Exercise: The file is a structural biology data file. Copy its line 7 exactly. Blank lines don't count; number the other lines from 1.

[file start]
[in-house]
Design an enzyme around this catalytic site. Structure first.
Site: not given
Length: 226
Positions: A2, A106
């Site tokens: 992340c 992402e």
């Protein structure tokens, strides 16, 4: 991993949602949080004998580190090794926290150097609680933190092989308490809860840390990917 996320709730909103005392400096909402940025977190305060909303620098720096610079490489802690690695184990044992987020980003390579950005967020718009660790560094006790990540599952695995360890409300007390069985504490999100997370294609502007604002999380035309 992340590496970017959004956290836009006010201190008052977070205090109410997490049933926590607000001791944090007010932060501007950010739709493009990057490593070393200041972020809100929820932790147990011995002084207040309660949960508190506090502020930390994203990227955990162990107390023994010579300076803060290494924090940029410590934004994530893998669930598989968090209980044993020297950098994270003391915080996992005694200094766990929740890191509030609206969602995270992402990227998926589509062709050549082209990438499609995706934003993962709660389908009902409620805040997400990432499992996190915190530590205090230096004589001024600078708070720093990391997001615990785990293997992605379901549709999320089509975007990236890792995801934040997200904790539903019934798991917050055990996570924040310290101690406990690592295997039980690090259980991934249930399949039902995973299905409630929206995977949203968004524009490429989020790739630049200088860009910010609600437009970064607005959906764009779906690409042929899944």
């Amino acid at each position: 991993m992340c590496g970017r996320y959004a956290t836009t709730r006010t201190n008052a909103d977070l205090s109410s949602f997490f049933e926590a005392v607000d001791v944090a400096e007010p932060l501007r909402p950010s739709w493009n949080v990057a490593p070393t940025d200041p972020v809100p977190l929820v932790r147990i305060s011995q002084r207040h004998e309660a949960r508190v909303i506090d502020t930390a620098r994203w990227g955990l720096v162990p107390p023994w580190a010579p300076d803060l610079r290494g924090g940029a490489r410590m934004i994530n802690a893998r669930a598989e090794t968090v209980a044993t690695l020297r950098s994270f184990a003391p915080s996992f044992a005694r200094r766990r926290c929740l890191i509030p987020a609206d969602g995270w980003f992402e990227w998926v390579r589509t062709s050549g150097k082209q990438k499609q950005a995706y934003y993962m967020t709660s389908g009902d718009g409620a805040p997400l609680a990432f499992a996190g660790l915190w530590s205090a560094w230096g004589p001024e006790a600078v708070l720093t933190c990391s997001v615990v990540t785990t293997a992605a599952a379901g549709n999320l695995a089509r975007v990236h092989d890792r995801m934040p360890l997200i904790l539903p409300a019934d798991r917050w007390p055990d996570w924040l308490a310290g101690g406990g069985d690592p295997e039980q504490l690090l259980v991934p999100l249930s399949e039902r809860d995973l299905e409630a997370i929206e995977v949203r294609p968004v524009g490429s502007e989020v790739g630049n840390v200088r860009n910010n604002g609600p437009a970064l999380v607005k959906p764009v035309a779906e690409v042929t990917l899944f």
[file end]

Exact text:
């Protein structure tokens, strides 16, 4: 991993949602949080004998580190090794926290150097609680933190092989308490809860840390990917 996320709730909103005392400096909402940025977190305060909303620098720096610079490489802690690695184990044992987020980003390579950005967020718009660790560094006790990540599952695995360890409300007390069985504490999100997370294609502007604002999380035309 992340590496970017959004956290836009006010201190008052977070205090109410997490049933926590607000001791944090007010932060501007950010739709493009990057490593070393200041972020809100929820932790147990011995002084207040309660949960508190506090502020930390994203990227955990162990107390023994010579300076803060290494924090940029410590934004994530893998669930598989968090209980044993020297950098994270003391915080996992005694200094766990929740890191509030609206969602995270992402990227998926589509062709050549082209990438499609995706934003993962709660389908009902409620805040997400990432499992996190915190530590205090230096004589001024600078708070720093990391997001615990785990293997992605379901549709999320089509975007990236890792995801934040997200904790539903019934798991917050055990996570924040310290101690406990690592295997039980690090259980991934249930399949039902995973299905409630929206995977949203968004524009490429989020790739630049200088860009910010609600437009970064607005959906764009779906690409042929899944």